In America, we have the right to life, liberty, and the pursuit of happiness. In Finland they have all that stuff, but now they also have Internet! Yes, starting July 1 every citizen of Finland has the legal guarantee of a broadband Internet connection of at least 1 Megabit per second. And the promise has been made to upgrade every citizen to a 100Mbps connection in five years.
Finland is the first nation to make the Internet a legal right for its citizens. England has come close, promising a minimum connection of 2Mbps to all its citizens. But that’s just a promise. There is no voiced intent at present of codifying it in law.
Finland is such a happy country for Internet users. First of all, it’s estimated that there are only about 4,000 homes that lack an Internet connection in the first place, so they law won’t be costly. Second, and this is the big one, you know how they deal with illegal file-sharing in Finland? They send them letters! Like, in the mail! That’s so adorably wonderful.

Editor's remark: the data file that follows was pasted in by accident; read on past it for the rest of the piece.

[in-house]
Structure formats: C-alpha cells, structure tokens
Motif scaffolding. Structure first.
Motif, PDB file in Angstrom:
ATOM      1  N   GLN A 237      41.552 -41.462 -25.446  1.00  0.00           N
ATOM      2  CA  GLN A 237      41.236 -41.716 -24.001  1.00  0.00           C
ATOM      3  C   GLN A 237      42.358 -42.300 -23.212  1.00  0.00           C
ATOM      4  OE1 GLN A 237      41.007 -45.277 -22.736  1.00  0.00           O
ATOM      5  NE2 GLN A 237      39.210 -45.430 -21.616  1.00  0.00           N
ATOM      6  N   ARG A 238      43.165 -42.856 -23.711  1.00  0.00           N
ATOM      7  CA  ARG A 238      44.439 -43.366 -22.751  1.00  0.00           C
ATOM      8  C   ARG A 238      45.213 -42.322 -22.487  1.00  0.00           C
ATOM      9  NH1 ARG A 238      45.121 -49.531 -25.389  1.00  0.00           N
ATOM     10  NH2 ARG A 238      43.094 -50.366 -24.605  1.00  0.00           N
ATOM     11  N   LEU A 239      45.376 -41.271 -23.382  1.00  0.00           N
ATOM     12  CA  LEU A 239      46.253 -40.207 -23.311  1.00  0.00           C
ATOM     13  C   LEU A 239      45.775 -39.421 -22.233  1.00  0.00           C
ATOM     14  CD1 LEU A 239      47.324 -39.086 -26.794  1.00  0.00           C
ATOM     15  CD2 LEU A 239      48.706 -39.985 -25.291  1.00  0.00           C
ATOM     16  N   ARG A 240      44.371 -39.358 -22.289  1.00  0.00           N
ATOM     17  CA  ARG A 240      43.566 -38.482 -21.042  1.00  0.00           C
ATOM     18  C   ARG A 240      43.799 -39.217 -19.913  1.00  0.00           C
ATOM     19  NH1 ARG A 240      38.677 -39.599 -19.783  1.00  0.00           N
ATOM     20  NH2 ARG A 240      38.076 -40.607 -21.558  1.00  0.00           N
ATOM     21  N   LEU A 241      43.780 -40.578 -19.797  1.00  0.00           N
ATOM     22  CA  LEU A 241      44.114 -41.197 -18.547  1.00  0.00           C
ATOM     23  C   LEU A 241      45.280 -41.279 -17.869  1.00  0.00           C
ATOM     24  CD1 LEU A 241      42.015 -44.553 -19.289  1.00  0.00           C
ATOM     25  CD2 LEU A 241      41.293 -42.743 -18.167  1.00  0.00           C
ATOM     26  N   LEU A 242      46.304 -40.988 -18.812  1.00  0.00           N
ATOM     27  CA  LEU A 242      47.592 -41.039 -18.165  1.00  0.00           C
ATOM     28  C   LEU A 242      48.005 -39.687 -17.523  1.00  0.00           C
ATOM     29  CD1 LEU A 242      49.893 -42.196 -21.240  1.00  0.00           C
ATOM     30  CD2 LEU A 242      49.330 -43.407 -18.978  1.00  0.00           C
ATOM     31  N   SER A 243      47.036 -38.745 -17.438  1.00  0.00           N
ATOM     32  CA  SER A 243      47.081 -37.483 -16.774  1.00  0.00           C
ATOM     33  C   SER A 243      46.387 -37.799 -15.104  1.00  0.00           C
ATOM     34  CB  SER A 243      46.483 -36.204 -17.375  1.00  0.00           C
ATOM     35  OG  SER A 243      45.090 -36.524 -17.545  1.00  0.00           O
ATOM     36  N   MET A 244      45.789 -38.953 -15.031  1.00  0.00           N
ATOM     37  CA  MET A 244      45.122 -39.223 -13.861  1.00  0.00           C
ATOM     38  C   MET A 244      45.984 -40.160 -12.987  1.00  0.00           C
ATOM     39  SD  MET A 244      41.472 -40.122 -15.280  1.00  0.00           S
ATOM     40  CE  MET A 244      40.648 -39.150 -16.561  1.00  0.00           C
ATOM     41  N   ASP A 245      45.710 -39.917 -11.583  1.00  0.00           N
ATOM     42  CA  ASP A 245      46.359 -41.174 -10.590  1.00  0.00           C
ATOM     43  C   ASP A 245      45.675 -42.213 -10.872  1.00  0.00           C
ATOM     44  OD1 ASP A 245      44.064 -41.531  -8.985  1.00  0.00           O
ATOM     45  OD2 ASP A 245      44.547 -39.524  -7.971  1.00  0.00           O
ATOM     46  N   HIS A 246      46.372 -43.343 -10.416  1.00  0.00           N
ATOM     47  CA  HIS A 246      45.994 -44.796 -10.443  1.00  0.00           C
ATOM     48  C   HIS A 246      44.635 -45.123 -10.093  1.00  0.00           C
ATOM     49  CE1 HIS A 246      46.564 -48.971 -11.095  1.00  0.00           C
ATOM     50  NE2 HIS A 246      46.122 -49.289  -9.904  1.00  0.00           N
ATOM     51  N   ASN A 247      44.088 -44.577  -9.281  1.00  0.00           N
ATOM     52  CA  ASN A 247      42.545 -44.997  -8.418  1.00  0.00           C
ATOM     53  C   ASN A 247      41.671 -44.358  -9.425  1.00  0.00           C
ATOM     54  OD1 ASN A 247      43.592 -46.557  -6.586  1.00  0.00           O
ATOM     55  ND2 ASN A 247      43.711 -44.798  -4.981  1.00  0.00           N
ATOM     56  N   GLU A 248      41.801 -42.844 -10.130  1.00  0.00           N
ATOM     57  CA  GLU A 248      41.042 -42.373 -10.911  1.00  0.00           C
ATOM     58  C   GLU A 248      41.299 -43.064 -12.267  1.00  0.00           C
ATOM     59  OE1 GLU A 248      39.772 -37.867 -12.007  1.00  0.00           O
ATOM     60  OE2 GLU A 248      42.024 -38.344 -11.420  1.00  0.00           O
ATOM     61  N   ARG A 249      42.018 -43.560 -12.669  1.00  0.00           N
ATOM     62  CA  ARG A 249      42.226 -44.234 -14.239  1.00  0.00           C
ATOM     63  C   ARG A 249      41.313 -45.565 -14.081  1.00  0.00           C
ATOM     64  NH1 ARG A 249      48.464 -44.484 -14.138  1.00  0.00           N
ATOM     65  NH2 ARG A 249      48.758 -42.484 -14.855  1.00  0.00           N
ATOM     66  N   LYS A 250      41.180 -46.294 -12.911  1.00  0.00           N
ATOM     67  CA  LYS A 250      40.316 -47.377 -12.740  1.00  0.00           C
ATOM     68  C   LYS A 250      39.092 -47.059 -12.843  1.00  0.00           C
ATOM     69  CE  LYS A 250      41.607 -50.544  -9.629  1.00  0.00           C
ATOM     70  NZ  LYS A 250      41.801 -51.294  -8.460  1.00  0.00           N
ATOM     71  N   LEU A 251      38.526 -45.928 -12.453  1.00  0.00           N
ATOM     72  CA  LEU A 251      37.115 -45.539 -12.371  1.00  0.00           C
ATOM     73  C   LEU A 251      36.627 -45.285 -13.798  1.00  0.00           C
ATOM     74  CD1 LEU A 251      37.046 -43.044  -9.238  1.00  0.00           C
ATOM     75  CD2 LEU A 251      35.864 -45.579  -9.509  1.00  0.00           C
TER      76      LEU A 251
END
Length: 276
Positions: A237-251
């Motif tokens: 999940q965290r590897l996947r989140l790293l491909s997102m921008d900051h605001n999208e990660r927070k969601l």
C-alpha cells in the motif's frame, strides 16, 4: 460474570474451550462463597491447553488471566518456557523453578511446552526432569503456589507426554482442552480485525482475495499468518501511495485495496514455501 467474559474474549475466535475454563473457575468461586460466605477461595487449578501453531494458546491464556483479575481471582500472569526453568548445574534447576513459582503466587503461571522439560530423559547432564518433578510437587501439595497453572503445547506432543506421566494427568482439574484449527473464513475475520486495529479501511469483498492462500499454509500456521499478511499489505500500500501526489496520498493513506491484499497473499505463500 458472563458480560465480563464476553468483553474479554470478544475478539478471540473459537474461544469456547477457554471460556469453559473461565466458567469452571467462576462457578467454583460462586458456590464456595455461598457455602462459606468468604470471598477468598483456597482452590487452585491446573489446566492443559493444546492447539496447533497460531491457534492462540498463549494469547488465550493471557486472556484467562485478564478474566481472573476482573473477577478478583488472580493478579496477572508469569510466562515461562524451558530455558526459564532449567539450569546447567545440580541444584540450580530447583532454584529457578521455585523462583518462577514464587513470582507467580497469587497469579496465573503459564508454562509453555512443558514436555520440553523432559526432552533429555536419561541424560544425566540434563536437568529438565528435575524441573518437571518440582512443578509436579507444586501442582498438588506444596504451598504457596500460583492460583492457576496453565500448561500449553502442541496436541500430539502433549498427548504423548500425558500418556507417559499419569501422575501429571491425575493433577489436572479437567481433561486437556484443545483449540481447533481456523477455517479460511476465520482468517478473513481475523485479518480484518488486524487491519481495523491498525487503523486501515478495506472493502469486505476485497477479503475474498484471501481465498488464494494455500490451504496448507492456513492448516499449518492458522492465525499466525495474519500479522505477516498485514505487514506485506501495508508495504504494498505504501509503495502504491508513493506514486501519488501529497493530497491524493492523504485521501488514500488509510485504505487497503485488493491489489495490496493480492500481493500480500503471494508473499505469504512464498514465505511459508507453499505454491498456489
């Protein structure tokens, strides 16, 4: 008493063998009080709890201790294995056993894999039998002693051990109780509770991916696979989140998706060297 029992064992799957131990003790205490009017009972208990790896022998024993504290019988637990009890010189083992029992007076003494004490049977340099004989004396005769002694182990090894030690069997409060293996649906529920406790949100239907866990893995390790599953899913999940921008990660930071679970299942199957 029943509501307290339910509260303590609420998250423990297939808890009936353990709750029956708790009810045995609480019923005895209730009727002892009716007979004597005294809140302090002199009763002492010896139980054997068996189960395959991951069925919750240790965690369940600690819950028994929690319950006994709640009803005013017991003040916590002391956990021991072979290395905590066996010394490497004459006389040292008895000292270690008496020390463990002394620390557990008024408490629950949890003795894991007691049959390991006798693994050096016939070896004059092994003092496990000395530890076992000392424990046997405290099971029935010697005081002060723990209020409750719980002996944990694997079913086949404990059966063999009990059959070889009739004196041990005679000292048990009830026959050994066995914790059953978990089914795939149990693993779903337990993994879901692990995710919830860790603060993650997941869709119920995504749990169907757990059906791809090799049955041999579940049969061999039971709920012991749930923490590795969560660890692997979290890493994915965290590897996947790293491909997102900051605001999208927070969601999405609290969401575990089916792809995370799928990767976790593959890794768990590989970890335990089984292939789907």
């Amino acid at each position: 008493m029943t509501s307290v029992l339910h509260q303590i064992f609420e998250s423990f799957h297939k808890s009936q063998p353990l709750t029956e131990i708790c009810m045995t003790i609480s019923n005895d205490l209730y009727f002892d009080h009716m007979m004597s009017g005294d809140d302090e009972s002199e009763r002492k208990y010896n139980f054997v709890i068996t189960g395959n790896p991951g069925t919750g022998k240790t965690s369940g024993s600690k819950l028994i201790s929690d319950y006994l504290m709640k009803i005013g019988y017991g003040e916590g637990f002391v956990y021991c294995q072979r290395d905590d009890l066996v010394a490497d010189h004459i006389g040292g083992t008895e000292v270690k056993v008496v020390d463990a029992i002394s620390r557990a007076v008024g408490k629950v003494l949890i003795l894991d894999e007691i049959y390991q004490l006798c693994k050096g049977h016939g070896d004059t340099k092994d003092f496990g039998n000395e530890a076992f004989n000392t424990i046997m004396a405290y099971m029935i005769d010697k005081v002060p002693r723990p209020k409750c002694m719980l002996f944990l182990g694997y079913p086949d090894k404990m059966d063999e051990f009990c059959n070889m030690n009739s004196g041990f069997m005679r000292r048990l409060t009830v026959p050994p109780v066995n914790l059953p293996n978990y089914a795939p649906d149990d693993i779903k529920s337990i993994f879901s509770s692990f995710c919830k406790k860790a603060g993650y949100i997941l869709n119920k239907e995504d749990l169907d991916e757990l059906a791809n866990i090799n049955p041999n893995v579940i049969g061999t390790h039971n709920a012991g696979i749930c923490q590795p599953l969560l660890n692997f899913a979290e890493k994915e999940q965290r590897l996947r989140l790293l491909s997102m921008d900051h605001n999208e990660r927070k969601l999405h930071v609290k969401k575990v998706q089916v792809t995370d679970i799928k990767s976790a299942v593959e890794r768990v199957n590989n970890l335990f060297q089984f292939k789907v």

And mostly, the government seems to get how important the Internet really is:
Speaking to the BBC, Finland’s communication minister Suvi Linden explained the thinking behind the legislation: “We considered the role of the internet in Finns everyday life. Internet services are no longer just for entertainment.
“Finland has worked hard to develop an information society and a couple of years ago we realised not everyone had access.”
And if the world population has its way, there may be many more countries soon enacting similar laws:
A poll conducted for the BBC World Service earlier this year found that almost four in five people around the world believed that access to the internet is a fundamental right.
(Via BBC News)
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